The last time I pan seared I had to evacuate the house, broiling is bad enough (we have NO ventilation). Can't wait to remodel.

Bob

TessaK's picture

(post #53957, reply #9 of 50)

Yes, the hood is quite crucial to the pansearing bit. :)


Of course the first time we used our newly remodeled kitchen and the fire place at the same time, we managed to still set off the smoke alarm by sucking the smoke from the fireplace (30 ft from hood) into the room. But that's a different issue (one that you need to consider before the remodel starts, as we obviously did not).


We went for a roof-mounted motor, it makes a lot less noise. We have a Viking hood (but a Dacor stove).

Wolvie's picture

(post #53957, reply #12 of 50)

LOL - I can picture you and your DH in that scene!

Nothing valuable can be lost by taking time - Abe Lincoln.

 

BHosch's picture

(post #53957, reply #13 of 50)

Which Dacor do you have?

Thanks!

bob

gjander's picture

(post #53957, reply #14 of 50)

We have the Dacor Epicure 36" dual-fuel for propane.


Gary


 

MEANCHEF's picture

(post #53957, reply #10 of 50)

Hardly ever broil.  There is very very little need.


Edited 3/14/2003 4:22:33 PM ET by MEAN CHEF

BHosch's picture

(post #53957, reply #11 of 50)

Hmm, well I use the broiler primarily to sear and develop a crust (such as it is) on steaks and Salmon fillets. Also to "roast" peppers and the like since I don't have any flame source in the kitchen at the moment. Also I like to broil asparagus (when I can't give the attention to sauteing them).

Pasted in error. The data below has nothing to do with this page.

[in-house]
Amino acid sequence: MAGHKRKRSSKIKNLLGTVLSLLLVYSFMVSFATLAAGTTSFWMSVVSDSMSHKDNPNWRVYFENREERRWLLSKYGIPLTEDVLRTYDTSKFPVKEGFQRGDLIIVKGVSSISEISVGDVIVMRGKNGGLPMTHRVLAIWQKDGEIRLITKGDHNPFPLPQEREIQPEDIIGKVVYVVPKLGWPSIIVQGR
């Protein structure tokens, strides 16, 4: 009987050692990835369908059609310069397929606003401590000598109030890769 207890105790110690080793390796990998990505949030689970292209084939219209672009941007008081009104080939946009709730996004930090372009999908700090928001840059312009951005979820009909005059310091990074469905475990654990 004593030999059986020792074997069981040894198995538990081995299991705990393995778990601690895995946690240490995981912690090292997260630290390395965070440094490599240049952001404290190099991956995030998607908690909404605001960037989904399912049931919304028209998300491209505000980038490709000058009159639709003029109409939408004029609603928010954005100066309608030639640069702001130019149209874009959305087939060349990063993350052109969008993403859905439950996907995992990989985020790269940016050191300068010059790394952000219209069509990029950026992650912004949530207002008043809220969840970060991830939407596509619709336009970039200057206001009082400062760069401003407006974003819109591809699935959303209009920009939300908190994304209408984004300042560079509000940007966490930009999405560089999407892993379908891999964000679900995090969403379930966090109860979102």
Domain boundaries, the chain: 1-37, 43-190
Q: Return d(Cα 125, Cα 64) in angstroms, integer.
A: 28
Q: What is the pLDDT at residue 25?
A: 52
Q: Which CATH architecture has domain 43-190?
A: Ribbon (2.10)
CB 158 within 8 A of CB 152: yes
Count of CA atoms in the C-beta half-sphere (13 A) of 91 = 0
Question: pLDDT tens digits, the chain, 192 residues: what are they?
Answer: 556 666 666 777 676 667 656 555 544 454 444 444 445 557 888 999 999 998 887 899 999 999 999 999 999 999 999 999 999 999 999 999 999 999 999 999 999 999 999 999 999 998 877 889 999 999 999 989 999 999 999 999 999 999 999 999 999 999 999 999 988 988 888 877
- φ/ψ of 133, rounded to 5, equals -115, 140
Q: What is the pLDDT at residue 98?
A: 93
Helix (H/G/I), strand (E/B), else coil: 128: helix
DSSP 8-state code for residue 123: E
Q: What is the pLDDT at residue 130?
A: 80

With proper ventilation I would just as soon pan-sear which definitely creates a much better crust (not to mention the pan sauce). I might still want to broil Salmon fillets though but I'm ok with the way they come out of my standard electric broiler (flavorwise).

Anyhow not having to be too concerned with an uber-cool broiler would give me some more wiggle room.

I've never used "professional" equipment and I quess my main thing is I don't want to miss out on anything! :)

BHosch's picture

(post #53957, reply #15 of 50)

Which Dacor?

Bob

MadMom's picture

(post #53957, reply #16 of 50)

We have the five burner cooktop (gas, of course) and two wall ovens - self cleaning, convection.  DD has the 36" epicure dual fuel with propane.

Things are going to get a lot worse before they get worse.
Lily Tomlin

lagringa's picture

(post #53957, reply #45 of 50)

Dual Fuel for me, only Viking.


I once had a GE profile smooth-top range when I lived farther south in Mexico. Dumb idea. Took forever to heat up and cool down and though I did get used to cooking on it, I had to take my chiles and tomatoes out to the barbecue to roast them, what a pain.


Also, the cooktop was so delicate and stained very easily. I spent hours cleaning the thing cause I wouldn't let the maid touch it. Never again.


Live, Love and Cook as if this were your last day on Earth! And if it's not, you can always freeze it!

Marcia's picture

(post #53957, reply #8 of 50)